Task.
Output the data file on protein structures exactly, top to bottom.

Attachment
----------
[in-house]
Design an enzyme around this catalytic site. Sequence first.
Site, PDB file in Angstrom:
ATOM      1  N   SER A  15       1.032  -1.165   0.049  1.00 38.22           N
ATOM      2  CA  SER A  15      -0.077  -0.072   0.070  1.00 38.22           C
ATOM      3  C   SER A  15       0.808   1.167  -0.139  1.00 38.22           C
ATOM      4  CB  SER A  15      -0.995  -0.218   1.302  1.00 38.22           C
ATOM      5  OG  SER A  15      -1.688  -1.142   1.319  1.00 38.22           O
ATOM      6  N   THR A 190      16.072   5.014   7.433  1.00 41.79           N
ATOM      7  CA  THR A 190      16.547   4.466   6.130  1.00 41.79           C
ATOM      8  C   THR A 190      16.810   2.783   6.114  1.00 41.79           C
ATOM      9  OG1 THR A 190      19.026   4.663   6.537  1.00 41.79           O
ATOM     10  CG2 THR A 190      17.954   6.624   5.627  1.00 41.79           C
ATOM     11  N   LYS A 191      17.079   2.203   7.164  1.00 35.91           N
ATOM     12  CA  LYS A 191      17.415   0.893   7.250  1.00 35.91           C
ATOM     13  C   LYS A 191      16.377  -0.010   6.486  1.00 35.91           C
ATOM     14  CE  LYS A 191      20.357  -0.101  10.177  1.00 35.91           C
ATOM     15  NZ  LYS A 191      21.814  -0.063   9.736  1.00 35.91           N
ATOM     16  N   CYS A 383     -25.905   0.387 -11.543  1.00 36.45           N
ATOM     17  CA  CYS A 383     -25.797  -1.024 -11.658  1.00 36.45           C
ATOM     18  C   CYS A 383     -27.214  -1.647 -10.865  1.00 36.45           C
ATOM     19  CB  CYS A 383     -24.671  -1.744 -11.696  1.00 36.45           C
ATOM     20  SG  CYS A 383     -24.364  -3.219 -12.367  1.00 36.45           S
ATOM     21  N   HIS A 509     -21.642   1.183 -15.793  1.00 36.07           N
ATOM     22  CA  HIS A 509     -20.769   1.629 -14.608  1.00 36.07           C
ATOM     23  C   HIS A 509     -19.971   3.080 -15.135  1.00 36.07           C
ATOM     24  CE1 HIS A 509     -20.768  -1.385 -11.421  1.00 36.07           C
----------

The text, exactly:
[in-house]
Design an enzyme around this catalytic site. Sequence first.
Site, PDB file in Angstrom:
ATOM      1  N   SER A  15       1.032  -1.165   0.049  1.00 38.22           N
ATOM      2  CA  SER A  15      -0.077  -0.072   0.070  1.00 38.22           C
ATOM      3  C   SER A  15       0.808   1.167  -0.139  1.00 38.22           C
ATOM      4  CB  SER A  15      -0.995  -0.218   1.302  1.00 38.22           C
ATOM      5  OG  SER A  15      -1.688  -1.142   1.319  1.00 38.22           O
ATOM      6  N   THR A 190      16.072   5.014   7.433  1.00 41.79           N
ATOM      7  CA  THR A 190      16.547   4.466   6.130  1.00 41.79           C
ATOM      8  C   THR A 190      16.810   2.783   6.114  1.00 41.79           C
ATOM      9  OG1 THR A 190      19.026   4.663   6.537  1.00 41.79           O
ATOM     10  CG2 THR A 190      17.954   6.624   5.627  1.00 41.79           C
ATOM     11  N   LYS A 191      17.079   2.203   7.164  1.00 35.91           N
ATOM     12  CA  LYS A 191      17.415   0.893   7.250  1.00 35.91           C
ATOM     13  C   LYS A 191      16.377  -0.010   6.486  1.00 35.91           C
ATOM     14  CE  LYS A 191      20.357  -0.101  10.177  1.00 35.91           C
ATOM     15  NZ  LYS A 191      21.814  -0.063   9.736  1.00 35.91           N
ATOM     16  N   CYS A 383     -25.905   0.387 -11.543  1.00 36.45           N
ATOM     17  CA  CYS A 383     -25.797  -1.024 -11.658  1.00 36.45           C
ATOM     18  C   CYS A 383     -27.214  -1.647 -10.865  1.00 36.45           C
ATOM     19  CB  CYS A 383     -24.671  -1.744 -11.696  1.00 36.45           C
ATOM     20  SG  CYS A 383     -24.364  -3.219 -12.367  1.00 36.45           S
ATOM     21  N   HIS A 509     -21.642   1.183 -15.793  1.00 36.07           N
ATOM     22  CA  HIS A 509     -20.769   1.629 -14.608  1.00 36.07           C
ATOM     23  C   HIS A 509     -19.971   3.080 -15.135  1.00 36.07           C
ATOM     24  CE1 HIS A 509     -20.768  -1.385 -11.421  1.00 36.07           C